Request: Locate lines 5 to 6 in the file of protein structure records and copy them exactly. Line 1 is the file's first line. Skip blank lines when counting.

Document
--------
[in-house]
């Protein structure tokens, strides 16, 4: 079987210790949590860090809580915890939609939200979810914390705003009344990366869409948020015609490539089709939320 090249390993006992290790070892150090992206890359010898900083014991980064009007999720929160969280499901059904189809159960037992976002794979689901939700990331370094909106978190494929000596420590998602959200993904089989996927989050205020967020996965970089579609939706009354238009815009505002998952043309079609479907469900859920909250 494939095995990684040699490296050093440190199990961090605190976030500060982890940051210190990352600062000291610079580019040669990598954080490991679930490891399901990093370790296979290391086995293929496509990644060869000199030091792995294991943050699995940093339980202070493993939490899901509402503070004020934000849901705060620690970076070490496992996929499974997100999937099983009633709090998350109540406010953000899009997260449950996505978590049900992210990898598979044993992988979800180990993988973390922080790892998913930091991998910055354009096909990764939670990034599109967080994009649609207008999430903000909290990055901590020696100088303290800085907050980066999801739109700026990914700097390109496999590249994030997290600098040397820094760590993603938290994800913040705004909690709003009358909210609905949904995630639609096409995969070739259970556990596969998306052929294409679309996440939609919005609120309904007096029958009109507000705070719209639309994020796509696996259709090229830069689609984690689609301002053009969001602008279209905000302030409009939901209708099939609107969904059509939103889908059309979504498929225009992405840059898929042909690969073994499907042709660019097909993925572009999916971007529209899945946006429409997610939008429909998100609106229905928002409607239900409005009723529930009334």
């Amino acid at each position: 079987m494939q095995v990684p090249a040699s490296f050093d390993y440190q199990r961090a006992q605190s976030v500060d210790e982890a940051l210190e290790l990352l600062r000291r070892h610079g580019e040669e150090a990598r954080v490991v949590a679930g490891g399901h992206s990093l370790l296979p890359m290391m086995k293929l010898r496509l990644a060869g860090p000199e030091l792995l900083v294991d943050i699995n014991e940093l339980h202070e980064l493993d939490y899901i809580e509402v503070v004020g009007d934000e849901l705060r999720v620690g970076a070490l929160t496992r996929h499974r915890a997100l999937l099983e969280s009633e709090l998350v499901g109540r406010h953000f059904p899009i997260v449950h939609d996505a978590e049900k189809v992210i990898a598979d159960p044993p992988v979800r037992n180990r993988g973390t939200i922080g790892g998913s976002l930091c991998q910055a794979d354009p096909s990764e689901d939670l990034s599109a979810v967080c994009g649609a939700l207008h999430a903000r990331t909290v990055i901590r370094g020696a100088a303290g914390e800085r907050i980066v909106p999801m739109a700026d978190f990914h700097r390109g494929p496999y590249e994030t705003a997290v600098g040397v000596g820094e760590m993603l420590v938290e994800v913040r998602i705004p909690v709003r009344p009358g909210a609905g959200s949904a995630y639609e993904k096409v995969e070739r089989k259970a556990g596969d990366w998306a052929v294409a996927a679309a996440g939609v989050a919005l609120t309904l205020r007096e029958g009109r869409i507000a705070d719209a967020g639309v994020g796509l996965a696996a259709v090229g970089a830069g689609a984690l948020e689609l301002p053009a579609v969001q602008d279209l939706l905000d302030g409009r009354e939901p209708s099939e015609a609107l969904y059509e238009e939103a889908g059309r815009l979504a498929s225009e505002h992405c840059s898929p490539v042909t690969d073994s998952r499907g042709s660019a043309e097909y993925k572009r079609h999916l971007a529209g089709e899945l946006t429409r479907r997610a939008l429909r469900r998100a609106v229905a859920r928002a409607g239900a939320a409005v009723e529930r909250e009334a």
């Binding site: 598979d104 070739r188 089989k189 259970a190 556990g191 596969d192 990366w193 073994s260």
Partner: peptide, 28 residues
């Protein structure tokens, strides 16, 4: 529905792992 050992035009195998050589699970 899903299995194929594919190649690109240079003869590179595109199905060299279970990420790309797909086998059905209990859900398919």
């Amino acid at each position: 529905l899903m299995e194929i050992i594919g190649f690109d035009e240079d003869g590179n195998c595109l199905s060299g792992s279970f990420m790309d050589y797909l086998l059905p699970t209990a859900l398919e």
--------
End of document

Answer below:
Partner: peptide, 28 residues
């Protein structure tokens, strides 16, 4: 529905792992 050992035009195998050589699970 899903299995194929594919190649690109240079003869590179595109199905060299279970990420790309797909086998059905209990859900398919």